Picking a surgeon. It is my personal experience that I would recommend you find a neurologist/neurosurgeon instead of a general surgeon. no offence to the good ones out there, but they tend to cut corners. Dr. Chauvet (the neurologist I worked for) was adament about fenestration. Fenestrate means window, and it is when the surgeon creates windows in the discs above and below the herniation, this process helps in the event of a second herniation. If that happens the disk has a place to go and is directed away from the spinal cord. If you choose to go with a general surgeon ask if they do this, if not, ask why, and if they will, or can. Consider a university for the surgery, but don't expect it to be much cheaper than a neurologist :)
you can expect to pay between 3000 and 3500 for the myelogram, surgery, medications and nursing care. That was the basic cost where I worked. Depending on the area you live in it could be more or less, but in this type of case (it kills me to say this) I would go with a higher estimate. This is not something you want to bargain with.
be prepared to go home with lots to do! If your dog has lost bladder control, you will either need to catheterize (if a male) or manually express the bladder. depending on how long you have to do this you may have to deal with UTI because even with catheterization or expressing you cannot fully empty the bladder, and so urine stays trapped inside causing infection. After two weeks you will have rehab homework, excercises that consist of weight bearing, massage, and range of motion. This is all very important because it helps retrain the nerves that were damaged from the herniation.
It's a tough road, and it requires determination. I hope this helps and the info isn't too overwhelming. If you have any more questions just ask! Dr. Chauvet has a website with some information..... www.petneuro.com
I trully beleive in this woman, she has done so much in the world of neurology, and continues to make even more strides. If you get a chance, follow the links to the press releases and read the story about Olla the lioness. Dr.Chauvet and her team performed surgery on her and saved her life. It was the greatest experience of my life!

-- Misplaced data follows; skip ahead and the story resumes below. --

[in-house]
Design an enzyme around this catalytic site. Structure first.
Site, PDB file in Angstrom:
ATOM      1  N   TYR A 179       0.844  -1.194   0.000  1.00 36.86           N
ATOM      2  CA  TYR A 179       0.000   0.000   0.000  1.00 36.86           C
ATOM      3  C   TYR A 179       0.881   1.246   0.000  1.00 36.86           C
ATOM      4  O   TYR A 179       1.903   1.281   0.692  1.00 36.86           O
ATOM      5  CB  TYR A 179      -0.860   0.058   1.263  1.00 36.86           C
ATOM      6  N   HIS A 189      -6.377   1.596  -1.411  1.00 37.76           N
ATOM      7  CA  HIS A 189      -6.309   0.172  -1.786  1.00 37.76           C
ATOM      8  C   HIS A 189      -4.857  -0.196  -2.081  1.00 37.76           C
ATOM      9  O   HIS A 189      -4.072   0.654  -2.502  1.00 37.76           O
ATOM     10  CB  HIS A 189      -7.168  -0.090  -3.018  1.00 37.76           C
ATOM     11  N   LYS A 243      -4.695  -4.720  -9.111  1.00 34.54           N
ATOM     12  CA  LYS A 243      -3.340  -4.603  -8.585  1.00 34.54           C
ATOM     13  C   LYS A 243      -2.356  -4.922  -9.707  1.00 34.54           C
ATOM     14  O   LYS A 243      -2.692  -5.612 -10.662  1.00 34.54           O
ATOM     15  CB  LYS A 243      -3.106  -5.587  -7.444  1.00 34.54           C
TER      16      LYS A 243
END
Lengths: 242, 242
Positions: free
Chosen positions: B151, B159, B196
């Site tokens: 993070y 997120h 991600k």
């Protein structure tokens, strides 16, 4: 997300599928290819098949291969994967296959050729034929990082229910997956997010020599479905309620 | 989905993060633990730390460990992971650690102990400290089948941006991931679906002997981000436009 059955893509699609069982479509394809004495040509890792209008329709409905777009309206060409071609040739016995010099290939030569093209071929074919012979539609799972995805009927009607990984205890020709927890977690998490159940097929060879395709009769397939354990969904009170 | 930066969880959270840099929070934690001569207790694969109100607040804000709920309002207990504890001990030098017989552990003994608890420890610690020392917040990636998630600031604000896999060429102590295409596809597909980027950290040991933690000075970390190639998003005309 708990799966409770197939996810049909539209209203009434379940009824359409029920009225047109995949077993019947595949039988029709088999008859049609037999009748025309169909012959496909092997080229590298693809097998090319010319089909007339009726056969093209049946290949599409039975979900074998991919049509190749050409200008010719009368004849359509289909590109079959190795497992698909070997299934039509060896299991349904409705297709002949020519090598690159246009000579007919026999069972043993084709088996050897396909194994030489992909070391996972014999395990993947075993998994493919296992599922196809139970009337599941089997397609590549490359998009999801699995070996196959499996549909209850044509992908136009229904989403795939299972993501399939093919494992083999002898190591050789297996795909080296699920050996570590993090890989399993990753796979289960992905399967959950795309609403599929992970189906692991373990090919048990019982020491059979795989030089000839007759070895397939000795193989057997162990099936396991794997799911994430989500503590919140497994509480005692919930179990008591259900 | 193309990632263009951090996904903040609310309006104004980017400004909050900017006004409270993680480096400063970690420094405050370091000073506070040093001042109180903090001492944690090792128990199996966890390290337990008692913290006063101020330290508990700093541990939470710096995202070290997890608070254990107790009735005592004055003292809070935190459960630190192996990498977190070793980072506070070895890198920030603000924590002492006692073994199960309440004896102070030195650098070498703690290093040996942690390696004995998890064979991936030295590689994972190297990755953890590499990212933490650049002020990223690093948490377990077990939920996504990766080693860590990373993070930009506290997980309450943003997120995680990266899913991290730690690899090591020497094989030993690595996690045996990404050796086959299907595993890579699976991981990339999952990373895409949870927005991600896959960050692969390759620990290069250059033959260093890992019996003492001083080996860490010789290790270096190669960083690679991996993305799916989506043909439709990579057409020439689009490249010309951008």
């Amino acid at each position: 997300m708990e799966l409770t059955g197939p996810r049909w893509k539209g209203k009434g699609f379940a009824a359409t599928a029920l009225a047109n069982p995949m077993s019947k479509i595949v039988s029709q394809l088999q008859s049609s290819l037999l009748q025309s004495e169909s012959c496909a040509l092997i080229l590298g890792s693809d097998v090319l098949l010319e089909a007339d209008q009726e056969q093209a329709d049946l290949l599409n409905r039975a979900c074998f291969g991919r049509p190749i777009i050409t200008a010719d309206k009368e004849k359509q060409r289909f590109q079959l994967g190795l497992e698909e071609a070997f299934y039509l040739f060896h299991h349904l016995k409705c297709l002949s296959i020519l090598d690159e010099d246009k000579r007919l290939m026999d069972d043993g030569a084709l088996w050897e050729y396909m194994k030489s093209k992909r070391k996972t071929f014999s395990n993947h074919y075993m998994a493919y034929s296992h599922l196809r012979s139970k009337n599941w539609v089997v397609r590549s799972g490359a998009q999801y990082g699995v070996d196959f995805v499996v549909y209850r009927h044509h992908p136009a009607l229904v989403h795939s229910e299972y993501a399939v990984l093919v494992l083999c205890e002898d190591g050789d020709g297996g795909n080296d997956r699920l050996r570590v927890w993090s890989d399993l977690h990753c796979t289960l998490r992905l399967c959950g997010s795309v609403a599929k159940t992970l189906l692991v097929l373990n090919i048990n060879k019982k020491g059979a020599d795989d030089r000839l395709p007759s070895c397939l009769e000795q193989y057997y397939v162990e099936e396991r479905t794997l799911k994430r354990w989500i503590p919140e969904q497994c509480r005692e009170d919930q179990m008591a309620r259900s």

thanks for the good information ... We have been keeping our 11 year old crated most of the day after his surgery. $4000 later, but he is starting to get use of his legs back and can even walk 6-8 steps, so it will be worth every penny. We have always had doxies and this is the first time we have experienced the ruptured disk. We have two others, now, one we just rescued from petfinder who is a sweetheart, but we are careful now not to allow them to jump at all.
Hi I am sorry to hear about your baby. I got an ID on this website to reply to you. I have the same dog and had to eventually get surgery. Look for an orthopedic surgeon that is a Diplomat. They go to extra school. Also research a Homeopathic medicine called NUX VOMICA. I also got her acupuncure after she had reinjurred her back years after the surgery and it worked. Last option is EDDIES WHEELES out of Mass. I have seen dogs on these wheels and the get around fine. All the luck in the world.
actually no offence..... do not search out an orthopedic surgeon EVER! If you are refered to one because there is not a neurologist in or around the area, that is fine, but I would NEVER recommend looking for an orthopod to do a neuro's job.... sorry.
hello my dachsund went through the surgery about 6 years ago as she was paralized. She came through the surgery but we had to work hard with her when we got her home such as filling the tub up full and letting her paddle in the water, walking her with a scarg under her belly to support her and lots of love. She can walk now with a limp, but cant jump or climg stairs or anything like that anymore but thats ok with me. Right now she is in a clinic in canton ohio getting ready to kidney stone removal on tuesday and i am sick to death. Do anything you can for her if you can afford it because in the end you will be glad you did and not ask yourself why didnt i do this or that. Do what the vet suggests for your dog and you well being. You will be glad you did and give her lots of love after. karen katie5
my minnie datschund seem to have a problem, today is sunday no vets so i may have to wait til monday, my dog never had problems but she like jumping from the coach to the floor and up many times, its hard to get them to stop jumping off, i notice her trembling and it seem something hurts her. I am new to this situation can someone give me feed back, what can i do to alliviate tha til i do take her to the vet?? pleaseeee help.